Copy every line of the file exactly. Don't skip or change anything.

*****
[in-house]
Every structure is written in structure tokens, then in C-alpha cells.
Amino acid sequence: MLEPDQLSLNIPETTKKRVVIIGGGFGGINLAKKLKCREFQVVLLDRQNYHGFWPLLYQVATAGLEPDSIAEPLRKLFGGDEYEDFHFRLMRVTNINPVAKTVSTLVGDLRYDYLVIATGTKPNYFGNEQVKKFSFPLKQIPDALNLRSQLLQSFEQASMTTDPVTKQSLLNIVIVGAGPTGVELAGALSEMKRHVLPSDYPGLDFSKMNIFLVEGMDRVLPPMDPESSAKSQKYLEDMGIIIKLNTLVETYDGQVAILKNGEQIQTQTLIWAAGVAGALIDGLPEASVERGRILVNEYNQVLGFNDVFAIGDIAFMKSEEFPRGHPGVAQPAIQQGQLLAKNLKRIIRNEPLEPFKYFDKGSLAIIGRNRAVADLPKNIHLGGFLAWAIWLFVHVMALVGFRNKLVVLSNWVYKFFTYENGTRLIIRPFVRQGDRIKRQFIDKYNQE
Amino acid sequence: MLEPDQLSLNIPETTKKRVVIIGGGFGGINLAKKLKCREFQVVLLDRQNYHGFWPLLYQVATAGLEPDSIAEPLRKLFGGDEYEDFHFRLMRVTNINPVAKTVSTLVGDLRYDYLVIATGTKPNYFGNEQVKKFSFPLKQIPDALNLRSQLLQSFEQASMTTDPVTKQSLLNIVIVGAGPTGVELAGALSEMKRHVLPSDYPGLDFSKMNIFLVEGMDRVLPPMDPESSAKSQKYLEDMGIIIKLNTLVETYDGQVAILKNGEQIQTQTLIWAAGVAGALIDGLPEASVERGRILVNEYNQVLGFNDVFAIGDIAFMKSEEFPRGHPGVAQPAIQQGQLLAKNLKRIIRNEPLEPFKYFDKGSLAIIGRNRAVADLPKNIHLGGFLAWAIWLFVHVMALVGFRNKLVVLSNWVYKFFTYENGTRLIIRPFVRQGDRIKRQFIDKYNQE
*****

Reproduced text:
[in-house]
Every structure is written in structure tokens, then in C-alpha cells.
Amino acid sequence: MLEPDQLSLNIPETTKKRVVIIGGGFGGINLAKKLKCREFQVVLLDRQNYHGFWPLLYQVATAGLEPDSIAEPLRKLFGGDEYEDFHFRLMRVTNINPVAKTVSTLVGDLRYDYLVIATGTKPNYFGNEQVKKFSFPLKQIPDALNLRSQLLQSFEQASMTTDPVTKQSLLNIVIVGAGPTGVELAGALSEMKRHVLPSDYPGLDFSKMNIFLVEGMDRVLPPMDPESSAKSQKYLEDMGIIIKLNTLVETYDGQVAILKNGEQIQTQTLIWAAGVAGALIDGLPEASVERGRILVNEYNQVLGFNDVFAIGDIAFMKSEEFPRGHPGVAQPAIQQGQLLAKNLKRIIRNEPLEPFKYFDKGSLAIIGRNRAVADLPKNIHLGGFLAWAIWLFVHVMALVGFRNKLVVLSNWVYKFFTYENGTRLIIRPFVRQGDRIKRQFIDKYNQE
Amino acid sequence: MLEPDQLSLNIPETTKKRVVIIGGGFGGINLAKKLKCREFQVVLLDRQNYHGFWPLLYQVATAGLEPDSIAEPLRKLFGGDEYEDFHFRLMRVTNINPVAKTVSTLVGDLRYDYLVIATGTKPNYFGNEQVKKFSFPLKQIPDALNLRSQLLQSFEQASMTTDPVTKQSLLNIVIVGAGPTGVELAGALSEMKRHVLPSDYPGLDFSKMNIFLVEGMDRVLPPMDPESSAKSQKYLEDMGIIIKLNTLVETYDGQVAILKNGEQIQTQTLIWAAGVAGALIDGLPEASVERGRILVNEYNQVLGFNDVFAIGDIAFMKSEEFPRGHPGVAQPAIQQGQLLAKNLKRIIRNEPLEPFKYFDKGSLAIIGRNRAVADLPKNIHLGGFLAWAIWLFVHVMALVGFRNKLVVLSNWVYKFFTYENGTRLIIRPFVRQGDRIKRQFIDKYNQE